Q.  My mother named my brother as her agent under her power of attorney to handle her financial affairs, but he seems to be abusing his authority and my mother wants to revoke it. Can she do so, and how would she go about it?

A. The simple answer is, yes, she can revoke her power of attorney, providing that she is mentally competent to do so. While the revocation can be handled either verbally, or in writing, the most effective way is as follows: she would prepare a formal Revocation of Power of Attorney, in writing, and arrange for its hand-delivery to your brother and to any other third parties who may have relied upon it, such as banks, brokerage houses, and the like.

The written revocation should make specific reference to the Power of Attorney (“POA”) in issue, by referring to your mother as the principal, the date it was signed and its designation of agent. It might also help if she can attach a photocopy of the original POA to her written Revocation, and reference that attachment in the text of the Revocation. Here is an example:

“I hereby revoke the Power of Attorney I signed, as Principal, on January 3, 2015, naming my son, John Brown, as my agent.  A true copy of said, now revoked, Power of Attorney is attached.”

If the Power of Attorney (“POA”) has been used for any real property transactions, the original most likely will have been recorded and, in that event, the revocation should likewise be recorded in each county wherein the original was recorded. If it is to be recorded, the Revocation must be notarized and should reference the Book, Page, Image and/or Instrument Number of the previously recorded POA.

Two cautions, however: (1) The Revocation is not effective until your brother receives actual notice of that Revocation. So I would urge that it be hand-delivered  by messenger, who then signs an affidavit as to the date and time of personal delivery.  (2) Third parties, such as banks, may continue to rely upon the validity of the POA until they receive notice of its Revocation, and they would usually be shielded from responsibility for continuing to honor it in good faith.   Therefore, it is important to immediately also deliver a copy of your mother’s revocation to her banks and other financial institutions.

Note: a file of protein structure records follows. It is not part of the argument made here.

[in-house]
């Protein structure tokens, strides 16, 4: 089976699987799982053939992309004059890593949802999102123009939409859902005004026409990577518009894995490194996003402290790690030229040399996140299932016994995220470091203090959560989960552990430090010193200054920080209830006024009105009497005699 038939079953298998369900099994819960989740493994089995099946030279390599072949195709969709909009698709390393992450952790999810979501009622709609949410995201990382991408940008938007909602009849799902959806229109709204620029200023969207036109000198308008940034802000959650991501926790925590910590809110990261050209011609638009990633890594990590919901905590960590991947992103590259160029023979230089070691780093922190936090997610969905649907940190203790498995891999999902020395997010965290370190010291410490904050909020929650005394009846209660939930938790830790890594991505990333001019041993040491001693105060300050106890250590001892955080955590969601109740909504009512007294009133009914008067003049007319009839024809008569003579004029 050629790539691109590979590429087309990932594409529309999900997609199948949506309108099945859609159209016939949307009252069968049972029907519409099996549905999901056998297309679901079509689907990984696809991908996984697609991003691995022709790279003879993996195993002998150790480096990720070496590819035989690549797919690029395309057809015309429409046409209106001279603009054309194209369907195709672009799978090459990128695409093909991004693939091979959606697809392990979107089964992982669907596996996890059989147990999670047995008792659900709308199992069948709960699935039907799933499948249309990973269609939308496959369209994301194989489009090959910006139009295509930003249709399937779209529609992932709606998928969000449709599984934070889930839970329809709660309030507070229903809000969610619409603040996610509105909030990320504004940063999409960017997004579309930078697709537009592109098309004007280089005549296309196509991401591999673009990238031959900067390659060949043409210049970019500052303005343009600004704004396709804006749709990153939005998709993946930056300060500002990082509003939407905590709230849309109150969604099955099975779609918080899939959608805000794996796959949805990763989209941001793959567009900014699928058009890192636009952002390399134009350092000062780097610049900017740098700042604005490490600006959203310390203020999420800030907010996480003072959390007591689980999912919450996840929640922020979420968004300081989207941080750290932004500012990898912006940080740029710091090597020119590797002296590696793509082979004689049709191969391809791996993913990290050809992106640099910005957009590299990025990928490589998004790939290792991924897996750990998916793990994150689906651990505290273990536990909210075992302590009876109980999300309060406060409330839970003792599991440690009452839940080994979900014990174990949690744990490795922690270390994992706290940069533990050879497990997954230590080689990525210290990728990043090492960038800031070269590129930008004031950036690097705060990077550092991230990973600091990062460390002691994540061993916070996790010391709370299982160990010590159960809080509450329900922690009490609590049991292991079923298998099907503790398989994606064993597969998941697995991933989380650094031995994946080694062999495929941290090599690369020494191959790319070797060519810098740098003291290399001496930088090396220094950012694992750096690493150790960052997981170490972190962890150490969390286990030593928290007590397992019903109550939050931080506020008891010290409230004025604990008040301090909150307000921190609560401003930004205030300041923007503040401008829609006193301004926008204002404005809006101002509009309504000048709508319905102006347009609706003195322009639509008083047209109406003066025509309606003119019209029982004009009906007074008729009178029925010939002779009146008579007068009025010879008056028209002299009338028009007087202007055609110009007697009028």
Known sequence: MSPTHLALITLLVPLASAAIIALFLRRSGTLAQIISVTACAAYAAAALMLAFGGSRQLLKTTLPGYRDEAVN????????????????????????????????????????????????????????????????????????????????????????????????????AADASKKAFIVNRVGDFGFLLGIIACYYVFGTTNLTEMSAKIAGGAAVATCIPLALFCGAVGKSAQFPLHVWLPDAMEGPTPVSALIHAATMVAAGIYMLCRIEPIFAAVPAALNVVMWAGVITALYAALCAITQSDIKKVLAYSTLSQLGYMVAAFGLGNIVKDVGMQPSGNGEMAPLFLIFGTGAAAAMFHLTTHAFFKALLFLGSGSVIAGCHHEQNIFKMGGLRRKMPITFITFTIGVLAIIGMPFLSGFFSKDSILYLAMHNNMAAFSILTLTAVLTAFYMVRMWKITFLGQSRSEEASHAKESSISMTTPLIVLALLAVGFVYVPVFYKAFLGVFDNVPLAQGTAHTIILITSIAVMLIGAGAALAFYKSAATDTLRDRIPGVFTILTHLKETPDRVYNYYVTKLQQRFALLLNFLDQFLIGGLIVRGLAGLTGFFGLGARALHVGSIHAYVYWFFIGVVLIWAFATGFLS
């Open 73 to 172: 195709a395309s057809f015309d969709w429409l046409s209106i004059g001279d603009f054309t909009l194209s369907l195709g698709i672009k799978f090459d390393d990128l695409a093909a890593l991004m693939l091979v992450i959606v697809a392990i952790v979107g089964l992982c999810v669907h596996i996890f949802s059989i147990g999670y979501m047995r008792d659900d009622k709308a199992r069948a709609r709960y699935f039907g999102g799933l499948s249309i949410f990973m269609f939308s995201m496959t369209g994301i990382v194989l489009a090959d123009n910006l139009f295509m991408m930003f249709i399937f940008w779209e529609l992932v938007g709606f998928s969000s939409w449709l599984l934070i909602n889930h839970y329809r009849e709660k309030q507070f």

Your mother should also visit her banks to determine whether she has signed their “short form” Limited POA’s authorizing access to her accounts and/or to her safety deposit boxes. If so, she may wish to revoke them, as well, or revise them to name other persons whom she now trusts as her new agent(s).

A revocation can also be effective if your mother were to sign a new Power of Attorney which expressly recites that all prior general POA’s are revoked. Again, if she chooses this manner of revocation, this new POA should be personally delivered to your brother and to her financial institutions, with an appropriate cover letter calling attention to the “revocation” provision of the new POA.

Note:  The Revocation provision in a new POA might exclude from revocation powers of attorney for health care, or any other limited powers that the principal does not intend to revoke.

To make sure all of this is handled properly, it might be wise for your mother to seek legal consultation and arrange for her attorney to prepare the appropriate documentation and handle its delivery in a timely manner to the proper persons.

References:  California Probate Code §’s 4151 — 4153